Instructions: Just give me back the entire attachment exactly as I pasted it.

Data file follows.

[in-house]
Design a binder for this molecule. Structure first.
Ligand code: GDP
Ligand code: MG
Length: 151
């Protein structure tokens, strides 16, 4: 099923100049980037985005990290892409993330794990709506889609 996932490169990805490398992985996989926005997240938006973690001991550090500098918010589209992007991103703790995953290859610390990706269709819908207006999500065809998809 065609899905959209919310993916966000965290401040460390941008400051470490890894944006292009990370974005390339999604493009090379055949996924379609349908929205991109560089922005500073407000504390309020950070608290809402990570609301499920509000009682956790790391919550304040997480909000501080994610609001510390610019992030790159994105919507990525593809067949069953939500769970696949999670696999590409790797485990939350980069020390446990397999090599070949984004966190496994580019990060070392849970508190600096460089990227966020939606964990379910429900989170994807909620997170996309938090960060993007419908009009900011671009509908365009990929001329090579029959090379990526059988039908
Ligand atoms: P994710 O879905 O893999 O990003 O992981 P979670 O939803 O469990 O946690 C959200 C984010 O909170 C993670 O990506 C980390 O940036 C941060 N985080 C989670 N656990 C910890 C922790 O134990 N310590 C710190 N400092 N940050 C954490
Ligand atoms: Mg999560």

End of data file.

[in-house]
Design a binder for this molecule. Structure first.
Ligand code: GDP
Ligand code: MG
Length: 151
């Protein structure tokens, strides 16, 4: 099923100049980037985005990290892409993330794990709506889609 996932490169990805490398992985996989926005997240938006973690001991550090500098918010589209992007991103703790995953290859610390990706269709819908207006999500065809998809 065609899905959209919310993916966000965290401040460390941008400051470490890894944006292009990370974005390339999604493009090379055949996924379609349908929205991109560089922005500073407000504390309020950070608290809402990570609301499920509000009682956790790391919550304040997480909000501080994610609001510390610019992030790159994105919507990525593809067949069953939500769970696949999670696999590409790797485990939350980069020390446990397999090599070949984004966190496994580019990060070392849970508190600096460089990227966020939606964990379910429900989170994807909620997170996309938090960060993007419908009009900011671009509908365009990929001329090579029959090379990526059988039908
Ligand atoms: P994710 O879905 O893999 O990003 O992981 P979670 O939803 O469990 O946690 C959200 C984010 O909170 C993670 O990506 C980390 O940036 C941060 N985080 C989670 N656990 C910890 C922790 O134990 N310590 C710190 N400092 N940050 C954490
Ligand atoms: Mg999560």